Nearly two weeks to the day Donald Trump announced that he had contracted a case of coronavirus, he participated in a town hall with Savannah Guthrie in Miami. The event was a hasty solution to a problem Trump himself created, having withdrawn from the second scheduled presidential debate due to his refusal to participate in that activity if it wasn’t going to be in person. His opponent, Joe Biden, did his own town hall Thursday night, which aired on ABC. Not to be outdone, Trump sat down with Guthrie on NBC, going head to head with Biden, making for a chaotic hour of television that neatly highlighted the incumbent’s incompetency.
During the town hall, the president perched on the edge of a stool as if he’d never sat on one before, and faced a battery of relentless questioning from Guthrie, who handled the president with an air of exasperation. As Biden droned answers about policy in a way that was comforting in how boring it was, Trump spewed the same rhetoric he’s been spewing for the past four years—racism and misogyny but with bluster, like a used car salesman trying to sell xenophobia. This tone, which has been Trump’s default since he started campaigning for the presidency in 2016, was just as noxious as it has been for the past four years. But now, all of a sudden, women who previously voted for Trump are taking issue, as if they’ve spent the past four years with their fingers planted firmly in their ears, happy to ignore what their president has been saying until now.
Writing for the New York Times, Michelle Goldberg notes that the very same women that voted Trump into the White House four years ago are now feeling some reservations about doing so now. From the Times:
A well-spoken woman with grown children from central Pennsylvania appeared to have mentally rewritten the history of the last election to justify her vote. She’d opted for Trump, she said, thinking that it would be “refreshing” to have a president with a business background. In her recollection, it was only after he won that he revealed his true character.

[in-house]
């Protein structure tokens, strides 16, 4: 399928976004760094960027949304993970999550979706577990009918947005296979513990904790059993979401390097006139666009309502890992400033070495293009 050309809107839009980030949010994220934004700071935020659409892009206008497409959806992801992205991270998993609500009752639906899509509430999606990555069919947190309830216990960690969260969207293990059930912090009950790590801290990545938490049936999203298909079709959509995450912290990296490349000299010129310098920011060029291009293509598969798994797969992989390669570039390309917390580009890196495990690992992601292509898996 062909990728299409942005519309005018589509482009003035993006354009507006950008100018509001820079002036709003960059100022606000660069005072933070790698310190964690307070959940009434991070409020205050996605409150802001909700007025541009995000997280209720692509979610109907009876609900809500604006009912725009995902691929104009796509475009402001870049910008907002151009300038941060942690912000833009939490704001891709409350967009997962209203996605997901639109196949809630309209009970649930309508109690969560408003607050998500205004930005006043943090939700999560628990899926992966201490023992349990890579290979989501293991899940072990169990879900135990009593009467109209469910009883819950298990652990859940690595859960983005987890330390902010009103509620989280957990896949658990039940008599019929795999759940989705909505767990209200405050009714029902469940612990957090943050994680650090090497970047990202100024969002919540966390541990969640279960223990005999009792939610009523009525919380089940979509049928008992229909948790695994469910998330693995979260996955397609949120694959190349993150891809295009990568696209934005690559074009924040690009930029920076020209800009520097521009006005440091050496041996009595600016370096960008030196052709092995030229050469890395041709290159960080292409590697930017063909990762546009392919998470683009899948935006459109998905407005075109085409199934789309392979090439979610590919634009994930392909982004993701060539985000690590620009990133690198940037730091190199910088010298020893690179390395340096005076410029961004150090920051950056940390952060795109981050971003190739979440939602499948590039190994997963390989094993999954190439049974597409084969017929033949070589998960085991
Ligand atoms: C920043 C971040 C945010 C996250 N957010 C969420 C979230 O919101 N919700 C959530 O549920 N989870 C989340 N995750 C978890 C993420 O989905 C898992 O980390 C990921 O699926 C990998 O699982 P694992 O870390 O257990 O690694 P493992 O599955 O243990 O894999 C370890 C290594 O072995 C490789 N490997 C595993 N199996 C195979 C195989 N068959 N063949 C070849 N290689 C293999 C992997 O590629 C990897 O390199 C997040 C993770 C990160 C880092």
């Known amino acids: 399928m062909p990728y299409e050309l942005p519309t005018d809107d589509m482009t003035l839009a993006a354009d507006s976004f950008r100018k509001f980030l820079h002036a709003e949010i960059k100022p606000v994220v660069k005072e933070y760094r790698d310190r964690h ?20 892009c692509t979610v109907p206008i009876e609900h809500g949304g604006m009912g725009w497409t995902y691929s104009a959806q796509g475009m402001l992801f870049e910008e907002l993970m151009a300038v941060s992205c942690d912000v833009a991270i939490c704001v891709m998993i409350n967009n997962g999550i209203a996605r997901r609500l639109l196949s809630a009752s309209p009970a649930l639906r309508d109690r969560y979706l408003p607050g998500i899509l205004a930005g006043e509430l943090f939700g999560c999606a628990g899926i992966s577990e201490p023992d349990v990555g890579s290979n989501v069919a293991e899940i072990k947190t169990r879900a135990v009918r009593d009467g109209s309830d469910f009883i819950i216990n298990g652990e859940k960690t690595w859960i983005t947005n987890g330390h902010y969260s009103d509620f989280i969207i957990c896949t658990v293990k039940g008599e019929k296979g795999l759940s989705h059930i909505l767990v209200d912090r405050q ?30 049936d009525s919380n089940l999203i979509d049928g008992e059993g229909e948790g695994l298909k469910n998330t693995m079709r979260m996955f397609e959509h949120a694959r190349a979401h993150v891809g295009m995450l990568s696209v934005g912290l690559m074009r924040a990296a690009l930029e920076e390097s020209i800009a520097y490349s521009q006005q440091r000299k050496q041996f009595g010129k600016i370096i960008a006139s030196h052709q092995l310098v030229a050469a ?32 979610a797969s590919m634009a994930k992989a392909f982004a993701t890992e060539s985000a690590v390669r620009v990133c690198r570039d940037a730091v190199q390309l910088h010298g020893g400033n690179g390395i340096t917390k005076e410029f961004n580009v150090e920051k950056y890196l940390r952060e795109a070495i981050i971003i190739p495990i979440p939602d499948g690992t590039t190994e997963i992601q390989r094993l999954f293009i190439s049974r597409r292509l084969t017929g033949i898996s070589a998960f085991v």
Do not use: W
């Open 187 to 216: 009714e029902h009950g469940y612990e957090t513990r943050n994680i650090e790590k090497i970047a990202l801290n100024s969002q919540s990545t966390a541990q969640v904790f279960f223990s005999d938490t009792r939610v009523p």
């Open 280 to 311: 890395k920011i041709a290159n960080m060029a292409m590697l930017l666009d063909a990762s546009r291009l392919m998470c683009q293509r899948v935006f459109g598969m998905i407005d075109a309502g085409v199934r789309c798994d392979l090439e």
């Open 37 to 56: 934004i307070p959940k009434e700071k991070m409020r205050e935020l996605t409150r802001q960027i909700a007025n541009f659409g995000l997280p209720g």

“His Twitter, his comments, things that he was recorded saying, his misogyny — I was just, like, horrified and embarrassed,” she said. Looking back, she didn’t think she knew about the “Access Hollywood” tape before she voted: “I certainly hope that I didn’t, because it was a disgusting comment. I would think that had I known that might have given me pause.”
Goldberg is quick to note that the Access Hollywood tapes were basically inescapable in October 2016, but despite this unnamed woman’s revisionist history, the fact remains that Trump’s “tone” is what women are taking issue with now. In Michigan, a 38-year-old ballet studio owner living in a wealthy, conservative suburb of Detroit told Politico, “He’s just so angry all the time. I really believe that he brings out the worst in people, the worst in situations.” It seems that Trump’s anger—his bombast, his spittle-flecked invective—is just as much a part of the message as the actual content of his speeches and tweets. But this anger is, apparently, only resonating with these voters now, even though it has been a part of the narrative for the past four years.
Trump’s default tone is that of a man on the offense, constantly backing away from a messy situation of his own creation with his hands in the air, ready to scream at you before you scream at him. This is what a child does, but it is also the behavior of a man so content to sit in his own narcissism, fed by praise from lackeys who understand that his tone, as abrasive and as jarring as it might be, resonates with his base, who are not the women he needs in order to win. When Trump barks into a microphone, refusing to denounce white supremacy, or rallies his base by telling the Proud Boys to “stand down and stand by,” his tone doesn’t change. But maybe it’s the repetition that has finally changed these women’s minds: Four years of constantly hearing a man yell and scream while the country he was elected to serve crumbles in the face of his own inadequacies will break anyone down, eventually.